PG&E completes $13.5 billion settlement over wildfire claims

Late last week northern California utility Pacific Gas & Electric Co., along with its parent PG&E Corp., agreed to a $13.5 billion settlement with victims of several deadly wildfires in recent years.

The agreement settles all claims with the Official Committee of Tort Claimants and attorneys representing individuals who suffered losses from the 2015 Butte Fire, 2017 Northern California Wildfires and 2018 Camp Fire, according to the PG&E announcement. These fires took more than 100 lives and destroyed thousands of acres and structures.

The agreement is awaiting federal bankruptcy court approval. PG&E sought Chapter 11 reorganization earlier this year after wildfire liabilities topped more than $11 billion.

A California state investigation determined that downed PG&E transmission equipment helped spark at least one of the fires. Fierce coastal winds and dry weather laid the groundwork for the blazes.

“From the beginning of the Chapter 11 process, getting wildfire victims fairly compensated, especially the individuals, has been our primary goal. We want to help our customers, our neighbors and our friends in those impacted areas recover and rebuild after these tragic wildfires,” said CEO and President of PG&E Corporation Bill Johnson.

Johnson, the former Tennessee Valley Authority president, joined the company earlier this year.
“There have been many calls for PG&E to change in recent years. PG&E’s leadership team has heard those calls for change, and we realize we need to do even more to be a different company now and in the future,” he added. “We will continue to make the needed changes to re-earn the trust and respect of our customers, our stakeholders and the public. We recognize we need to deliver safe and reliable energy service every single day—we’re determined to do just that.”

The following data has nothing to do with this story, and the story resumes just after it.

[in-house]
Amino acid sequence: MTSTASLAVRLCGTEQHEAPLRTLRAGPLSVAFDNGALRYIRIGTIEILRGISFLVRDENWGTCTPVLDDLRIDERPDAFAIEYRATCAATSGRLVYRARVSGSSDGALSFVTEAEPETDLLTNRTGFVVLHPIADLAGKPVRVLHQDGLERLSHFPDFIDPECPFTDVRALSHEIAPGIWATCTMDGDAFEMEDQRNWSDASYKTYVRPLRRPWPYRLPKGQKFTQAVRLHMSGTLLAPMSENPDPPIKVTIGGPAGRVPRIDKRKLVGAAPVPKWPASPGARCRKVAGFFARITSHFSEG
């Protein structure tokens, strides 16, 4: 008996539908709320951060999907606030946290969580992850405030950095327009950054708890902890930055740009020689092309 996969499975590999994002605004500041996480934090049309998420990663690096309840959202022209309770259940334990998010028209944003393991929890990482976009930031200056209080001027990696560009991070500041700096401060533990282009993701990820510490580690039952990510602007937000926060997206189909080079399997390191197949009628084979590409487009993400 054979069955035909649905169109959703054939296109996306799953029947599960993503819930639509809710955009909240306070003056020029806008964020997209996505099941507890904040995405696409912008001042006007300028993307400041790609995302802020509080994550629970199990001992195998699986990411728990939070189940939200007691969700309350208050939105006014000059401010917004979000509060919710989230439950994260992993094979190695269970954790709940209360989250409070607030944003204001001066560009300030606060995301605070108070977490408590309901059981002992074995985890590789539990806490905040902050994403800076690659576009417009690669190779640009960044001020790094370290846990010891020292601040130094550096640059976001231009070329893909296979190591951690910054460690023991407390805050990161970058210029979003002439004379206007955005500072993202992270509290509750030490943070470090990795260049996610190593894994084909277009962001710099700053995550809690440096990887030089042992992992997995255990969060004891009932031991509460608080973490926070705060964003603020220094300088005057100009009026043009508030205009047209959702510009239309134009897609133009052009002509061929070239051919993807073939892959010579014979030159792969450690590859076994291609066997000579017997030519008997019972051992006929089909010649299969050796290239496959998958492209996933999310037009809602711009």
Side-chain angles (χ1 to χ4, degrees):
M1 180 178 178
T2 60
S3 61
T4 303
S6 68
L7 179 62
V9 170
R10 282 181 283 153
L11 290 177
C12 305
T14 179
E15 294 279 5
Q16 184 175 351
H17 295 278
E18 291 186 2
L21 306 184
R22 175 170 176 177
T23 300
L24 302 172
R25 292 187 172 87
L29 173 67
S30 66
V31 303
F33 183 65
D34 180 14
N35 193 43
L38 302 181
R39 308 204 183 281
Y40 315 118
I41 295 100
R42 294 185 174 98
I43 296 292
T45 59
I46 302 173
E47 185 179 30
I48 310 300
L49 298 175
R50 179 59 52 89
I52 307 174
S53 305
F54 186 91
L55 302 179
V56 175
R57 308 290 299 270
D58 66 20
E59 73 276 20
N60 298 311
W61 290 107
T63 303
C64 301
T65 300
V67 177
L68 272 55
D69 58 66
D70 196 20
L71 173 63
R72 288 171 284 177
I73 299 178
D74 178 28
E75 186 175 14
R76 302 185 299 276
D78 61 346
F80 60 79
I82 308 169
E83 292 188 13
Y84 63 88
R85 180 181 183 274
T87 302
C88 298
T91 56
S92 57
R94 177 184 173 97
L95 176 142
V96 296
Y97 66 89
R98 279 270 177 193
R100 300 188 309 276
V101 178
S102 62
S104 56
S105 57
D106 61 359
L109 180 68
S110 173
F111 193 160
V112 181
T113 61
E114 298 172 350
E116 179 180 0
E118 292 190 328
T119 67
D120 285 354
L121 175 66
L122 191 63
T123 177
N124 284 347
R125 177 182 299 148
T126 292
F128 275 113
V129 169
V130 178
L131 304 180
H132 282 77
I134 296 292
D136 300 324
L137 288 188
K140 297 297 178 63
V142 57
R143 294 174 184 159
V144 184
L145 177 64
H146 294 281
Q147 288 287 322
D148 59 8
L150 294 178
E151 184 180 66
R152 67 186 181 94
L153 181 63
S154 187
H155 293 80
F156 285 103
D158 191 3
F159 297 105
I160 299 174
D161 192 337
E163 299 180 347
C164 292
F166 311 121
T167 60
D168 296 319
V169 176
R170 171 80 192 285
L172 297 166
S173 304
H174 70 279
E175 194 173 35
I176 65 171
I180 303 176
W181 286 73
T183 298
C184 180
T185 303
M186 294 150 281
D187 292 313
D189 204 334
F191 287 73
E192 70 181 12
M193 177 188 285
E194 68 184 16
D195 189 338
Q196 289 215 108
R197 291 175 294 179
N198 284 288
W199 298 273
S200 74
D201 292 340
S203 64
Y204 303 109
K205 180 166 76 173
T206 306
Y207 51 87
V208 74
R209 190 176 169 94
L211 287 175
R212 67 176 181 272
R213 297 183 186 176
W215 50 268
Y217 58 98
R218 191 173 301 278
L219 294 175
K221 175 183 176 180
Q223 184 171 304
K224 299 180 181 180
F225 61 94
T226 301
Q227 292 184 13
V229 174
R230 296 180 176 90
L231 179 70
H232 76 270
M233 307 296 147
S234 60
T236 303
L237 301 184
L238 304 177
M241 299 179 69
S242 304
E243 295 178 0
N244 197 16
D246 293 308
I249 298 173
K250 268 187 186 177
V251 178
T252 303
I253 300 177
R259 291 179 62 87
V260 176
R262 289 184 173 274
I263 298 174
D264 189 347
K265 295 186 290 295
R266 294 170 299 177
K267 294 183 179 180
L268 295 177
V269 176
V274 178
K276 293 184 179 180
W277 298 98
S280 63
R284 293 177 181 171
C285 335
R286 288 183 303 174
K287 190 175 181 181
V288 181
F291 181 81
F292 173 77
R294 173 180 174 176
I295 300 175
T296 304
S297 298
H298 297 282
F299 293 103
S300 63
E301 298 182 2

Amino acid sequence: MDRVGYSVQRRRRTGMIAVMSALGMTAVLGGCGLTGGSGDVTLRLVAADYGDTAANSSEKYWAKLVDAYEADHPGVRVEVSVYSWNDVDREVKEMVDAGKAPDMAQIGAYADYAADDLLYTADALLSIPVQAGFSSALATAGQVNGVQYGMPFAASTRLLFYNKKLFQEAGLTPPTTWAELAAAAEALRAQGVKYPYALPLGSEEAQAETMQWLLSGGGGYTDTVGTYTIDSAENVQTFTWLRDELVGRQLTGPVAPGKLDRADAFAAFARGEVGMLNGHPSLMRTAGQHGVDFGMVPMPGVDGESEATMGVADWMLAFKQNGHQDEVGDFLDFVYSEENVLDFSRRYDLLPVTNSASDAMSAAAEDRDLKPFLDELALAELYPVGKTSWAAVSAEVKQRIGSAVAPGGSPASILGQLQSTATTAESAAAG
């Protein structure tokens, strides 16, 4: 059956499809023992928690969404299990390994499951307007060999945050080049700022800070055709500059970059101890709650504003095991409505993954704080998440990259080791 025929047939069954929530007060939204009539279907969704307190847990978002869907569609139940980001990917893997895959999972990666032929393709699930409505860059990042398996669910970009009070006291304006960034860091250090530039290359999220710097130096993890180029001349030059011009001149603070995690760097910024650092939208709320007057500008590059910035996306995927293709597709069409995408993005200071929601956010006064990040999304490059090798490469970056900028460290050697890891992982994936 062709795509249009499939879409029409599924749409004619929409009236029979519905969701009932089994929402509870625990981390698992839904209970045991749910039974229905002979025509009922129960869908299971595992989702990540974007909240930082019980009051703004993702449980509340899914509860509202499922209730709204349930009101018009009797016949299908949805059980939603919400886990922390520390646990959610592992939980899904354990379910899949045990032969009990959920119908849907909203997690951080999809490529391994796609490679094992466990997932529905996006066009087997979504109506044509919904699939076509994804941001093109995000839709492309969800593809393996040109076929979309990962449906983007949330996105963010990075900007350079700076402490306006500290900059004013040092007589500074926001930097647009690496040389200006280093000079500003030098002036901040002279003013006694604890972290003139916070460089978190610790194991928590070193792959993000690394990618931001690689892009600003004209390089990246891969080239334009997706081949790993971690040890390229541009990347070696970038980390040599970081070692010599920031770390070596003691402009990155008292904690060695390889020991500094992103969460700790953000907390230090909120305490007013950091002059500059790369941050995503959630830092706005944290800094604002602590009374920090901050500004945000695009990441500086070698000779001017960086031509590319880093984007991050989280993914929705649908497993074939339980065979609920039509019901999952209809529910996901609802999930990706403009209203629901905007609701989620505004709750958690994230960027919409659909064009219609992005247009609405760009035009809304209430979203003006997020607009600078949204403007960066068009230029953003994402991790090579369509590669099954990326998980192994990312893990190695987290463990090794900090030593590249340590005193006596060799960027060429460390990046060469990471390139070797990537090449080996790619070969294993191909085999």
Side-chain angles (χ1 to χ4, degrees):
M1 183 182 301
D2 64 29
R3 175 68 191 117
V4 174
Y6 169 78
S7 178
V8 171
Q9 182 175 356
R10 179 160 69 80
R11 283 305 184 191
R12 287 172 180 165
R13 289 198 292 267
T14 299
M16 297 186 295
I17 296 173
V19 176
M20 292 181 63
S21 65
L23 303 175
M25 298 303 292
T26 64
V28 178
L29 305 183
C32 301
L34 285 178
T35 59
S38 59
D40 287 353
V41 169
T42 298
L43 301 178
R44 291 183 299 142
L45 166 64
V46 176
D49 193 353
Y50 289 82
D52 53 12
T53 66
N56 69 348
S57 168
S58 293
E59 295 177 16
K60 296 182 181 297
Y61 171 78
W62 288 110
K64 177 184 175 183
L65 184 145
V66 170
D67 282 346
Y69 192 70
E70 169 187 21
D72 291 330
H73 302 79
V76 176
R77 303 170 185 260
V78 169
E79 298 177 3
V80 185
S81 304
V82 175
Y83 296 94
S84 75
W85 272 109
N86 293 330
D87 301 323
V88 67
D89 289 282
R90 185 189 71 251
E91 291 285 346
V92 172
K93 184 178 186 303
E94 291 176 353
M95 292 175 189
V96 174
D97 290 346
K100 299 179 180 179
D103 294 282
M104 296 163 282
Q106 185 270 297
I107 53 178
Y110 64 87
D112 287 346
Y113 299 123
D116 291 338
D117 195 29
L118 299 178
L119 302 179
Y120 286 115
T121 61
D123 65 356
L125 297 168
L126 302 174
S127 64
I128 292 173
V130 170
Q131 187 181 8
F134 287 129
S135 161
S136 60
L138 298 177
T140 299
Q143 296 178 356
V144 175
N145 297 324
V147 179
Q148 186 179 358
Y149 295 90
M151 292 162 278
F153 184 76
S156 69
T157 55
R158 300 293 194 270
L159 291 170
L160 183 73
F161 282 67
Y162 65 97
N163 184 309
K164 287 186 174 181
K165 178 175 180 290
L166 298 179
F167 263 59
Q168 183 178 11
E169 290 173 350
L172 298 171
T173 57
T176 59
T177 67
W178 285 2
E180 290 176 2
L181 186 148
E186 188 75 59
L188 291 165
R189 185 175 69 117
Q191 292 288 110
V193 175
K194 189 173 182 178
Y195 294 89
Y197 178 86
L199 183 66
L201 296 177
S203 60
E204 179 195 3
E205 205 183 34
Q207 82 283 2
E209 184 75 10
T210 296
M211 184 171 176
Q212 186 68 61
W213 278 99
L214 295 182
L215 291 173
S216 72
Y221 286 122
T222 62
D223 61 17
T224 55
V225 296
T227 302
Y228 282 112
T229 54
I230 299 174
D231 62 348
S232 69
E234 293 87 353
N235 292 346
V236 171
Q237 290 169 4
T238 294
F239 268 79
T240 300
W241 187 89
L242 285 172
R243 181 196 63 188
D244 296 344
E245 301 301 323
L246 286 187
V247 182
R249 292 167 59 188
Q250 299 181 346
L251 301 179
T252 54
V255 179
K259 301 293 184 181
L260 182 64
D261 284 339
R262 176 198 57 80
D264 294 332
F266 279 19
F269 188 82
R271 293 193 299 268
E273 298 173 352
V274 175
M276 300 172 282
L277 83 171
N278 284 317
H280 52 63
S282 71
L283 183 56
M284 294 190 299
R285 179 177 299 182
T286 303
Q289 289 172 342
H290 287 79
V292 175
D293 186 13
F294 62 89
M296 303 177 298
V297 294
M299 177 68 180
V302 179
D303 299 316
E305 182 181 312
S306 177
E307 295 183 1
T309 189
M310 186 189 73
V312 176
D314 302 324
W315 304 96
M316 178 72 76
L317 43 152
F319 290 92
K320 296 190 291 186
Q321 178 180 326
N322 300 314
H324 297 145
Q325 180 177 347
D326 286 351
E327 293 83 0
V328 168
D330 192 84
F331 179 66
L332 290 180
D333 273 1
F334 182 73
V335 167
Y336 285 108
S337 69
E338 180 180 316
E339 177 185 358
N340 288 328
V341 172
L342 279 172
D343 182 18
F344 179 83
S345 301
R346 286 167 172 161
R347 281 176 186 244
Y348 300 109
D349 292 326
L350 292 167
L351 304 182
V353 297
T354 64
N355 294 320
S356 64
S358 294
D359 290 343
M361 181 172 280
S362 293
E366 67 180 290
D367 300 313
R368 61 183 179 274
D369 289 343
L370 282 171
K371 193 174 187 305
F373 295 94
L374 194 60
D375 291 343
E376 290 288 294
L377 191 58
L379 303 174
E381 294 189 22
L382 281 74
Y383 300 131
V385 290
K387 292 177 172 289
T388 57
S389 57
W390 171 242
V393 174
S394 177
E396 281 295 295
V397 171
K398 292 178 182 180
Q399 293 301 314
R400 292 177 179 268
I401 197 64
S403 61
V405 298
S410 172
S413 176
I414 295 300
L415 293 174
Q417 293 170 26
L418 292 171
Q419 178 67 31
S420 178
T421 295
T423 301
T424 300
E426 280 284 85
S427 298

PG&E has now made three major settlements in its Chapter 11 case. Those totaled $1 billion with cities, counties and other public entities, as well as the $11 billion agreement with insurance companies and other entities over claims for the 2017 and 2018 fires.

The utility previously filed a wildfire safety plan with state regulators. Earlier this year, PG&E joined other California utilities Southern California Edison and Sempra Corp. on contributing to a $21 billion state wildfire fund which could protect them in the event of future devastating wildfires.

PG&E has received more than $12 billion of equity backstop commitments to support the settlement.

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The Clarion Energy Content Team is made up of editors from various publications, including POWERGRID International, Power Engineering, Renewable Energy World, Hydro Review, Smart Energy International, and Power Engineering International. Contact the content lead for this publication at

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